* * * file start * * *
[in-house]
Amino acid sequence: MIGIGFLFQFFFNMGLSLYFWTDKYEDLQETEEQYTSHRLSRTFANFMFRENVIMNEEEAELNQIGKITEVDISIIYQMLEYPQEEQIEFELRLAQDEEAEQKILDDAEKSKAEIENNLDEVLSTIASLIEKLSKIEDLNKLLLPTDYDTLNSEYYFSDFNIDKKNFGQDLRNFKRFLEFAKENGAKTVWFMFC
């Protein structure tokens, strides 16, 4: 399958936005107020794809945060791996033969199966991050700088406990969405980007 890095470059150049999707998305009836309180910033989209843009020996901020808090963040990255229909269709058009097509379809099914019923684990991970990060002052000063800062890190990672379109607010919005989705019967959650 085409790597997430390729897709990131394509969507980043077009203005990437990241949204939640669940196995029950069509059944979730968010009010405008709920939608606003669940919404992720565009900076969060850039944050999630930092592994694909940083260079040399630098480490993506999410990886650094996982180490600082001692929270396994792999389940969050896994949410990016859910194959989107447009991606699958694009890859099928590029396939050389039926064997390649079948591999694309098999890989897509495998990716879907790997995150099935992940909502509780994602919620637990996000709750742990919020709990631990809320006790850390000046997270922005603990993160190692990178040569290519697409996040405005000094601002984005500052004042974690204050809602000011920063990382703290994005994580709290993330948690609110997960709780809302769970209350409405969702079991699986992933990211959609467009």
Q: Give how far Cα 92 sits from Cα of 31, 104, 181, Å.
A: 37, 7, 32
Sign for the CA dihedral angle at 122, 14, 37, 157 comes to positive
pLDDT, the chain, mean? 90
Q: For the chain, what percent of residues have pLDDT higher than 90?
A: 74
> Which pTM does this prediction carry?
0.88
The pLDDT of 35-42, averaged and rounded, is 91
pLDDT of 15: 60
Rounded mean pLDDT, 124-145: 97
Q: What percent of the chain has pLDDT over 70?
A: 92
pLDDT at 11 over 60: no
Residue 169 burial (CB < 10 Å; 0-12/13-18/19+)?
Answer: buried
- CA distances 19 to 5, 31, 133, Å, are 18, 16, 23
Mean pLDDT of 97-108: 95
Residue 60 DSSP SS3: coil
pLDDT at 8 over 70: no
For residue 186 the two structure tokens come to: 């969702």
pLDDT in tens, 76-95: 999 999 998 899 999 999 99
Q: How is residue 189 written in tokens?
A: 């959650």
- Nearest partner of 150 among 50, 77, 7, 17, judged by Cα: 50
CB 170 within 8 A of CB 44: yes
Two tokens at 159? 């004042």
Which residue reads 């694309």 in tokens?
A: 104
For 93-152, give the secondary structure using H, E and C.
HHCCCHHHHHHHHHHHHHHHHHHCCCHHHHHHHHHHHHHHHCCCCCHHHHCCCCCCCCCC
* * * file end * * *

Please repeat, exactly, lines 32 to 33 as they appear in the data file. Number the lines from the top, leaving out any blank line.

A: 104
For 93-152, give the secondary structure using H, E and C.